Fairchild's strategy for competing in the transistor market was to be fast and flexible. Rather than tying their research and development to lengthy 1-3 year military contracts, they financed development through Fairchild Camera. This enabled them to focus on promising ideas and develop them quickly.[4]:16-17 IBM was interested in obtaining transistors for a navigation computer for the B-70 bomber. Fairchild contracted to provide transistors to meet the specifications for IBM's core-memory driver. They developed complementary NPN and PNP transistors which could be used as a matched pair in a variety of circuit applications. Gordon Moore and David Allison worked on the NPN transistor, while Jean Hoerni developed the PNP transistor using boron diffusion. Scaling up to production of components in quantity presented major technological challenges, and Moore's NPN transistor was ready for production before Hoerni's PNP transistor. By August 1958, within 8 months of the company's creation, Fairchild was delivering Mesa transistors to IBM.[4][1] Once it became available, the mesa transistor was desired for a wide variety of military applications. The speed with which it had been developed gave Fairchild a virtual monopoly on the fast-growing market for the next year. The most significant contract came from Autonetics, which was developing the navigation and control computer for the Minuteman ICBM.[4]:23

During this period, Last helped develop various transistor fabrication techniques in photo-lithography, photomasking, photoresists, and mesa etching. He helped to design a step-and-repeat camera to make photomasks, and a method for aligning the masks. Many of the techniques developed at Fairchild became foundational to the creation of both transistors and integrated circuits by the semi-conductor industry.[4]:17-25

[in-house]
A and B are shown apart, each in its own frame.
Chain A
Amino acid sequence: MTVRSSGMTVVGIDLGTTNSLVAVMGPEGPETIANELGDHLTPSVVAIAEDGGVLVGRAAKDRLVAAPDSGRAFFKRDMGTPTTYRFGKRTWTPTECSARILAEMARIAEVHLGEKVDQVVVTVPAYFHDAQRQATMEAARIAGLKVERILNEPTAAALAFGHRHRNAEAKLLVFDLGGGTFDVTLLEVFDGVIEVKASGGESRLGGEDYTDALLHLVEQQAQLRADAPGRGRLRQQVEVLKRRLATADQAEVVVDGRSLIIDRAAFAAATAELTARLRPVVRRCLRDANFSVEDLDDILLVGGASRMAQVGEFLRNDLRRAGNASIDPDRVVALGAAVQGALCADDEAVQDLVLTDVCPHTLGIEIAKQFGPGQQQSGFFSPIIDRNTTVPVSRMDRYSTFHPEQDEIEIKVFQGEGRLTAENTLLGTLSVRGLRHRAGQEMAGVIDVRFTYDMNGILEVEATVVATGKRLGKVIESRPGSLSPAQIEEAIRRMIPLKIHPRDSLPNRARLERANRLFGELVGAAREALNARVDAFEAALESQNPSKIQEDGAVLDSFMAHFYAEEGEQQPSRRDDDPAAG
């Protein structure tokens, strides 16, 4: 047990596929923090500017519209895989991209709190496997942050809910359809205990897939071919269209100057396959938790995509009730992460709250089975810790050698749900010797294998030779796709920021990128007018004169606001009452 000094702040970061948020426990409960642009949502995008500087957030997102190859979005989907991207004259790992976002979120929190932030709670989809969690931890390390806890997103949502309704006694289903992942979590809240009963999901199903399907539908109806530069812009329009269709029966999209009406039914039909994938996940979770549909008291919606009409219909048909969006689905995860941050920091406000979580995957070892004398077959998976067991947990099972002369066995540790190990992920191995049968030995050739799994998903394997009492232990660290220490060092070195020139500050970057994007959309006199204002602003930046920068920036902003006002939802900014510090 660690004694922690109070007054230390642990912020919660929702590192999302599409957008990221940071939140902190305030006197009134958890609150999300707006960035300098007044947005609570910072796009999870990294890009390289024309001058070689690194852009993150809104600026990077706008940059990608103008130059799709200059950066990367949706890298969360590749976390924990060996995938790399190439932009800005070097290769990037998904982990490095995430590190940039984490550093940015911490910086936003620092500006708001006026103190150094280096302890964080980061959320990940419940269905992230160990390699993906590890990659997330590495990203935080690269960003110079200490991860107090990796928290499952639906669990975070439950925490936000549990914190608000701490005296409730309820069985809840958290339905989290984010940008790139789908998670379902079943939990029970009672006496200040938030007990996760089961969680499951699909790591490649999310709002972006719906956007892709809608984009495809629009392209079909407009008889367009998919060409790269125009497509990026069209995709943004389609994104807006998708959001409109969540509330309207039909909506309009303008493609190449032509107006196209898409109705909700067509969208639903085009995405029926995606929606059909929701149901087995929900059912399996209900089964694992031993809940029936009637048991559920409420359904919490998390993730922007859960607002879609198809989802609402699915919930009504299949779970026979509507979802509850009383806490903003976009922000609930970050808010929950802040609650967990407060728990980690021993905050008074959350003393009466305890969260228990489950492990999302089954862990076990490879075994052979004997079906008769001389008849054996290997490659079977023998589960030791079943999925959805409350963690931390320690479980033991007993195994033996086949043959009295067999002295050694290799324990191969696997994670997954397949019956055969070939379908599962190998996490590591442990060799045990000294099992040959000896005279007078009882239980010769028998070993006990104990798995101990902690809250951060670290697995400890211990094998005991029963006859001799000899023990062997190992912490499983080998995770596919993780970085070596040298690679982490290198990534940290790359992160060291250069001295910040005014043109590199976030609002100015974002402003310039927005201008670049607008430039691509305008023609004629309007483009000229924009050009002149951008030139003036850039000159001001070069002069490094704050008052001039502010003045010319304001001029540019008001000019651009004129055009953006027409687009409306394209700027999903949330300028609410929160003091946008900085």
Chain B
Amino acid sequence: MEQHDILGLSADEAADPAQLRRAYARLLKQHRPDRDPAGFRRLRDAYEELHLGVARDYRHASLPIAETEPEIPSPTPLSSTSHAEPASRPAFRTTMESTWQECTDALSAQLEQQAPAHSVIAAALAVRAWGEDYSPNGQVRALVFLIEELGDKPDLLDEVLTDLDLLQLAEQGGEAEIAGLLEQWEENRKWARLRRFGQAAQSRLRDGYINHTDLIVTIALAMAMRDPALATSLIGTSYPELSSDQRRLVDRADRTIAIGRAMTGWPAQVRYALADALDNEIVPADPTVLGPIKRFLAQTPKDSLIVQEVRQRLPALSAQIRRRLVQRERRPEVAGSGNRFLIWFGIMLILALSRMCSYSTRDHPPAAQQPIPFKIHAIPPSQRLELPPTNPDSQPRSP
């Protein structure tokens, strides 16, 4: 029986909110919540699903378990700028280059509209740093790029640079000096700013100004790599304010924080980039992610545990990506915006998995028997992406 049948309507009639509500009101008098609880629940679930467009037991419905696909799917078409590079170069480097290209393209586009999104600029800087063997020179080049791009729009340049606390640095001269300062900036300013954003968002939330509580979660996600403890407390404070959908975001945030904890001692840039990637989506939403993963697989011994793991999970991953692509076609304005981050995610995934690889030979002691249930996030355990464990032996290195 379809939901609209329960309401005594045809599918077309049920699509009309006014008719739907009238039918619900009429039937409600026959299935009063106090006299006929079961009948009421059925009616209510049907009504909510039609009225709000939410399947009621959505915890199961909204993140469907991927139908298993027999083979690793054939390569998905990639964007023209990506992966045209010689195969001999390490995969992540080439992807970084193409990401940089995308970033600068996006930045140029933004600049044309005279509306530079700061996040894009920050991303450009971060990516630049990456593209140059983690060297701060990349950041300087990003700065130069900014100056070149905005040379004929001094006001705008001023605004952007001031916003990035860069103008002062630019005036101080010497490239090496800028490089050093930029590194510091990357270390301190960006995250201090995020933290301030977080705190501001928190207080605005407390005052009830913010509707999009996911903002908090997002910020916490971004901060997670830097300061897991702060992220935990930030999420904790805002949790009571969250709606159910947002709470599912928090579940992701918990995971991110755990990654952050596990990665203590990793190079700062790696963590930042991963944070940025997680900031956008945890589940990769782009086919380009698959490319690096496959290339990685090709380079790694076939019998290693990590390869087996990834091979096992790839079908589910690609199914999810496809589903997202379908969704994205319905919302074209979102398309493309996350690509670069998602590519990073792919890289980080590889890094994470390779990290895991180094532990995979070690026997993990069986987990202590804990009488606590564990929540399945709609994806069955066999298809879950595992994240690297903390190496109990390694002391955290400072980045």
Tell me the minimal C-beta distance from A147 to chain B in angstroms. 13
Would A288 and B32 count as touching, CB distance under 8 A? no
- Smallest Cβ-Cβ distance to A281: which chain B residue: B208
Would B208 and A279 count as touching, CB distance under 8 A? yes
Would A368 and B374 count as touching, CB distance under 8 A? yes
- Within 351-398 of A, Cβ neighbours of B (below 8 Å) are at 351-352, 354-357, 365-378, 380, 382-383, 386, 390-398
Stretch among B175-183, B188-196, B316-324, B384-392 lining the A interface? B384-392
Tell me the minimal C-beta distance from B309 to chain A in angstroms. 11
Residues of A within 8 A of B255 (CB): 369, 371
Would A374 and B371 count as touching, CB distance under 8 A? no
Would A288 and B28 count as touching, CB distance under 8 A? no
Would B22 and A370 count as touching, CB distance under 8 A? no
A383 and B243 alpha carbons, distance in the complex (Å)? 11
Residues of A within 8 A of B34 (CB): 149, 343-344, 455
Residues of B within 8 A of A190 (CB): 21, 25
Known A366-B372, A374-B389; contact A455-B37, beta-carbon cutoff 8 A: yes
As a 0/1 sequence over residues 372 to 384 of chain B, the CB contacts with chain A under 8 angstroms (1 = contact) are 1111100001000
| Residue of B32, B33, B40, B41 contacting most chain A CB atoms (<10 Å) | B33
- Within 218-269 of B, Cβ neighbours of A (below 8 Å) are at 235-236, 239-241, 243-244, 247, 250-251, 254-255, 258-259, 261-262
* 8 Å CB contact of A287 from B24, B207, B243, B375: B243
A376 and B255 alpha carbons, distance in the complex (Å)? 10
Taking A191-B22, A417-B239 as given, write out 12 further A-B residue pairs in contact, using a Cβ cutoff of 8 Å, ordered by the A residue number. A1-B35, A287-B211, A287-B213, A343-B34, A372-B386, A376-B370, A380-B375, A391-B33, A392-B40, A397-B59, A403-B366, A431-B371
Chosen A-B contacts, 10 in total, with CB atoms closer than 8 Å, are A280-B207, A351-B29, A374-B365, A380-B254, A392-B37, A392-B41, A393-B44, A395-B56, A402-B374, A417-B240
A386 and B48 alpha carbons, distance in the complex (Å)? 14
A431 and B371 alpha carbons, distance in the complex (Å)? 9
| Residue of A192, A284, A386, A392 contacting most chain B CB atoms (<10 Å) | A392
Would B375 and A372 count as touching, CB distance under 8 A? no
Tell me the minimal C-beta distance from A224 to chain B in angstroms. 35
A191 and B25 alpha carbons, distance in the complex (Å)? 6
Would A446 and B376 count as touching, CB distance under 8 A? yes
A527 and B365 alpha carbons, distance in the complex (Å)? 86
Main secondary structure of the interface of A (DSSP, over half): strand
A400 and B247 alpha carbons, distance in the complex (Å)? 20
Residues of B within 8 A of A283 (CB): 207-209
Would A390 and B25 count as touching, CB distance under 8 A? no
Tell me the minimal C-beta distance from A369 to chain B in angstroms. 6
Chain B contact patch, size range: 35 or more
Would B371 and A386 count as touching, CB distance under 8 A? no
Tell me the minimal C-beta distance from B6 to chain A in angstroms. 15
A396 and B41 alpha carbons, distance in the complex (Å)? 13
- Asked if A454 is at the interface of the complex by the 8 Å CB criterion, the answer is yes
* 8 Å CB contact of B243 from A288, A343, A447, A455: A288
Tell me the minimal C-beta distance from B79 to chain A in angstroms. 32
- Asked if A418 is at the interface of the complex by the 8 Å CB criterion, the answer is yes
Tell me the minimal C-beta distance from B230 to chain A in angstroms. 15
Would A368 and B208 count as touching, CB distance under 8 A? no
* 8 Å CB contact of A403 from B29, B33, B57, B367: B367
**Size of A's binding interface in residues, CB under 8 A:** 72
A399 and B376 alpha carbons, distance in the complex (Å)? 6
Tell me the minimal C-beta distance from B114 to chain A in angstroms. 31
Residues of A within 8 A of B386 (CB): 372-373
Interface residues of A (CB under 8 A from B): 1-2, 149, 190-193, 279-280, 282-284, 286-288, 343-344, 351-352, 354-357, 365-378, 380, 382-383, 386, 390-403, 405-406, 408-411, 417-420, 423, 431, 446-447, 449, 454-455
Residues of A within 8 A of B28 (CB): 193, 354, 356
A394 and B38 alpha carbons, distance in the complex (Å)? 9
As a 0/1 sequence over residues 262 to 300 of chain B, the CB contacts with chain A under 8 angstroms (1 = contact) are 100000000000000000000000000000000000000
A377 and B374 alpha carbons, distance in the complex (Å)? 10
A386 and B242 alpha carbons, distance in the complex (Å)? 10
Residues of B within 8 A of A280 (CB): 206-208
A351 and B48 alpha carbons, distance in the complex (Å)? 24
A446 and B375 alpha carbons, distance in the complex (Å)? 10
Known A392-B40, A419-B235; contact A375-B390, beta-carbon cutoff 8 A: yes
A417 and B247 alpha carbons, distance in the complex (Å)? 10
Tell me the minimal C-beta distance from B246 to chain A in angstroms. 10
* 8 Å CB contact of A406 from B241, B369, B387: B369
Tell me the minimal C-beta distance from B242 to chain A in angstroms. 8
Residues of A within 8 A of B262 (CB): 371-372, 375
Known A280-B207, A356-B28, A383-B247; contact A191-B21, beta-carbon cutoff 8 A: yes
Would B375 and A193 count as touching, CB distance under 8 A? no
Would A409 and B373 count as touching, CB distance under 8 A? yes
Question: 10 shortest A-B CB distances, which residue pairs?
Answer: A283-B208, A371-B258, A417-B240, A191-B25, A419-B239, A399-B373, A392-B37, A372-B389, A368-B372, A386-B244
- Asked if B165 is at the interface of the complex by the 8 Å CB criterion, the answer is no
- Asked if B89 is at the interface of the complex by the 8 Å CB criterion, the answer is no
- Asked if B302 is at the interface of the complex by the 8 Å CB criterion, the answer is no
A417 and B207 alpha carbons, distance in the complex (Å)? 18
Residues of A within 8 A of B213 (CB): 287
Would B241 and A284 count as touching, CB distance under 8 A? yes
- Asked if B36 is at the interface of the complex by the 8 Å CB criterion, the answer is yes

Integrated circuits[edit]

In 1959, developing an idea he had noted as early as 1957, Jean Hoerni submitted two patent applications describing his "Planar process".[10] He presented a novel adaptation of silicon manufacturing processes that had originated at Bell Labs. The planar process created a flat surface structure protected with an insulating silicon dioxide layer. Robert Noyce showed how Hoerni’s planar process could be exploited to electrically interconnect the components of an integrated circuit.[4]:38-39[11]

On February 12, 1960, Jay T. Last, Robert Norman, and Isy Haas reported on the first integrated circuits at the IRE Solid State Conference in a paper entitled Solid-State Micrologic Elements.[11][12] They described hybrid silicon integrated circuits that they had developed, including a flip-flop, a gate, an adder, and a shift register. They also discussed the feasibility of creating miniaturized, integrated logic circuits.[13] However, they still faced many challenges in improving and commercially producing them. By the summer of 1960, Jay Last's Fairchild Semiconductor team succeeded in building and demonstrating the first working planar integrated circuits.[14] The working group included Jay Last, Bob Norman, Isy Haas, Lionel Kattner, James Nall, James Wilkerson, Gary Tripp, Robert Marlin, Chester Gunter, Jerry Lessard, and Melvin Hoar.[3]:137

As of September 1960, Last's Micrologic section was pursuing three possible approaches for creating microcircuitry: Phase I (hybrid circuits), Phase II (physically isolated integrated circuits) and Phase III (diffusion or electrically isolated integrated circuits).[4]:223 The electrically isolated circuits were initially a side project of Hass and Kattner, who worked on the idea in their own time.[4]:228 In September 1960 they reported an important breakthrough. Last believed that their work held great promise. However, outside Last's working group, there was considerable resistance to the integrated circuits project at Fairchild. Fairchild's marketing VP, Tom Bay, recommended shutting the project down entirely.[3]:138 Fairchild was focused more on the production of diodes and transisters and did not immediately see applications for integrated circuits. As a result, Jay Last chose to leave Fairchild. Lionel Kattner took over the Fairchild transistor project and eventually, with the approval of Gordon Moore, put a family of transistors into production by the end of 1961.[9]